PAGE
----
Yukon in north-west Canada

March Editorial      

 

Global freezing

 

"Snowball Earth" is a term coined by Joseph Kirschvink, a professor of geobiology at the California Institute of Technology. This refers to a theory that during the Cryogenian period (between 650 and 750 million years ago) the Earth was completely frozen at least once. The two largest glaciations ever recorded, the Sturtian and Marinoan, occurred during this period. It is a topic of considerable debate as to whether the glaciation was truly global - i.e. there was indeed a 'snowball earth'; or whether the observed glaciation consisted of many local events which left substantial parts of the planet ice-free.

Recent results from a geological study of rocks from the Yukon in north-west Canada have now provided another piece of evidence which supports the 'snowball Earth' theory.

Francis A. Macdonald and his colleagues from the Department of Earth and Planetary Sciences at Harvard University analyzed a sample of ancient rocks from the Yukon. They used a high precision Uranium-Lead (U-Pb) carbon dating technique on rocks with glacial deposits and other signs of glaciation, such as striated clasts, ice rafted debris, and deformation of soft sediments.

These purplish glacial deposits were found on top of old reef material composed of carbonate, which shifted north with the movement of tectonic plates to its current location. The magnetic and chemical composition of the rocks suggests that they were originally located at sea level in the tropics at about 10 degrees latitude.

The results of the study, with clear evidence of glaciation in the rocks, were published in Science this month (vol 327, pp 1241-1243). They explain that this is direct evidence that the Sturtian glaciation did indeed stretch as far as the tropics and thus was a true 'snowball Earth' event. Carbon dating showed that this global glaciation lasted for at least five million years, though other tests from fossils and mineral isotopes suggest that the Sturtian glaciation might even have lasted as long as 20 million years, from 720 million to 700 million years ago.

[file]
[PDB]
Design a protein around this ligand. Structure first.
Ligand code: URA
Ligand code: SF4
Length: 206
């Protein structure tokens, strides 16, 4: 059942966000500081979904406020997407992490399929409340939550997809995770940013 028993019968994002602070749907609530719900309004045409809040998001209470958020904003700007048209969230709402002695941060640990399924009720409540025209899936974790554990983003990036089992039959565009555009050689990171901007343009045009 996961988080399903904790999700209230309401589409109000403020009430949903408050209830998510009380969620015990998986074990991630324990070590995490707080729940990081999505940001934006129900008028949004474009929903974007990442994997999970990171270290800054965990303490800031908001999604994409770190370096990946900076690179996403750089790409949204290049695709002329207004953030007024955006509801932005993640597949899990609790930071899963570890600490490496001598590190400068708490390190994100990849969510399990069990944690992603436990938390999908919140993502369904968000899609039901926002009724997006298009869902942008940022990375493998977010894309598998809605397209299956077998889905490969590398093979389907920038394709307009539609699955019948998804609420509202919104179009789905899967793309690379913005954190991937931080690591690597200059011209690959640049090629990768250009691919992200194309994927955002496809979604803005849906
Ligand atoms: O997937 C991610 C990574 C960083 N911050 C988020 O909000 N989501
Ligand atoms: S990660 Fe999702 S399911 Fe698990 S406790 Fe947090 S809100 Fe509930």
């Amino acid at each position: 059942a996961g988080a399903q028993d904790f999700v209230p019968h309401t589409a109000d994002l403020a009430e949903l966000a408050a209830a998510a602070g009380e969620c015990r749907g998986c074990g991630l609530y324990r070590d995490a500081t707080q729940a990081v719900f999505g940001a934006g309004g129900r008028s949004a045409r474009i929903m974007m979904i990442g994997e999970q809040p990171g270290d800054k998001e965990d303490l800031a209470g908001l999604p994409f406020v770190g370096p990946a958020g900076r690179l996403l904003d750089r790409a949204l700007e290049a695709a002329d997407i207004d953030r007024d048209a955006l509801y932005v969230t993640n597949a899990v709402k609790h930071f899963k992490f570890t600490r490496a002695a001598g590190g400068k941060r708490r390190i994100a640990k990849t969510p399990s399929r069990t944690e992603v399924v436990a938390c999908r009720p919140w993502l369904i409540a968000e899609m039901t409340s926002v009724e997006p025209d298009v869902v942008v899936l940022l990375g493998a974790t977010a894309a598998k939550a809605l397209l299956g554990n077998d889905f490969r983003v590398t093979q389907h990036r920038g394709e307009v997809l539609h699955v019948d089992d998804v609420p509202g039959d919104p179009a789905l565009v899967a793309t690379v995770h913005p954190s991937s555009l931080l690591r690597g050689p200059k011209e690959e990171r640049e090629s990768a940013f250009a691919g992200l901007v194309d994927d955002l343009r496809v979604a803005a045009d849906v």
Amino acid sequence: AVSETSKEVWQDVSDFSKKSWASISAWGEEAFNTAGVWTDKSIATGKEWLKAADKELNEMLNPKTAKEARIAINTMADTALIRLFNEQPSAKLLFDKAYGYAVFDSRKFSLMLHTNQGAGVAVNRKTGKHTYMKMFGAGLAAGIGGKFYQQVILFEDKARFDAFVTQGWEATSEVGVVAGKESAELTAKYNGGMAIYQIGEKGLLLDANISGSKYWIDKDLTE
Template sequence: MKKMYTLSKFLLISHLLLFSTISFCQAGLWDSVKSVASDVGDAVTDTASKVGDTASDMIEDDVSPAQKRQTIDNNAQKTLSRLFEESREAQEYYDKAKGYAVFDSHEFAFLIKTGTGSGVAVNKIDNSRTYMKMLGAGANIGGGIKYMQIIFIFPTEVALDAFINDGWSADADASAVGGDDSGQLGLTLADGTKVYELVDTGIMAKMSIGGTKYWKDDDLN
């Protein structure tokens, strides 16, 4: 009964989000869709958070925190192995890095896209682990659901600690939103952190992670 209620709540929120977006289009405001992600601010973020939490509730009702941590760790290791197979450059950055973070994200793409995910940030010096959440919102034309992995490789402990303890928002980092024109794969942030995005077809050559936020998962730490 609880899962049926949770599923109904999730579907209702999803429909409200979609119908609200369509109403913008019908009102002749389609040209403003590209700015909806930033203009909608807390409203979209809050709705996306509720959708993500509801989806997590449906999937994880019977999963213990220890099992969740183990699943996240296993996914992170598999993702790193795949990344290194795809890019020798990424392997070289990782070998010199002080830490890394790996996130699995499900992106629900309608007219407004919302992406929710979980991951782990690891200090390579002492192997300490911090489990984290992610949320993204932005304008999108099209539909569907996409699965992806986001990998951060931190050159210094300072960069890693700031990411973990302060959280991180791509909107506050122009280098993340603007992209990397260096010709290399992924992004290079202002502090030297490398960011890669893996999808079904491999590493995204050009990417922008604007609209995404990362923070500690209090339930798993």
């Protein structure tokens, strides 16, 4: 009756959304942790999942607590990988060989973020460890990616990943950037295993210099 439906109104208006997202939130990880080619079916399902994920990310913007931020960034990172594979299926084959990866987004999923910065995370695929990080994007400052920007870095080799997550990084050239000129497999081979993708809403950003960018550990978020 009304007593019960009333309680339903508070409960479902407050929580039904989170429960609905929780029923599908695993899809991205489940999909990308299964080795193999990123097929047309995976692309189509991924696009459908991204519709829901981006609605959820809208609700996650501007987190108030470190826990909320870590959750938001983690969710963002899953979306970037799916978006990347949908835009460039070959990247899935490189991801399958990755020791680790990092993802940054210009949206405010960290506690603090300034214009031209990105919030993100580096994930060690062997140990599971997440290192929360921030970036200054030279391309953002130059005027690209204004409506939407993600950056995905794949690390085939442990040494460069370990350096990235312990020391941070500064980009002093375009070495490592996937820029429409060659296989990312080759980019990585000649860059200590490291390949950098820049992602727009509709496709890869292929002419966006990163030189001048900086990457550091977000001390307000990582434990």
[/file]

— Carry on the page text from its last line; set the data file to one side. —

The evidence from fossils also suggests that all of the major eukaryotic groups, with the possible exception of animals, were present before the Sturtian glaciation and survived throughout the glacial period. Which brings one of the most difficult question to answer - how did they survive? For these microscopic species to survive through the 'snowball Earth' event, sunlight and surface water must have been available. But Macdonald has an answer to this as well. He says: 'Even on a snowball Earth, there would be temperature gradients and it is likely that ice would be dynamic: flowing, thinning, and forming local patches of open water, providing a refuge for life.' 'From an evolutionary perspective', he adds, 'it's not always a bad thing for life on Earth to face severe stress.'

Reference:

  • Francis A. Macdonald, Mark D. Schmitz, James L. Crowley, Charles F. Roots, David S. Jones, Adam C. Maloof, Justin V. Strauss, Phoebe A. Cohen, David T. Johnston, Daniel P. Schrag. Calibrating the Cryogenian. Science, 2010, 327, pp 1241-1243.

 

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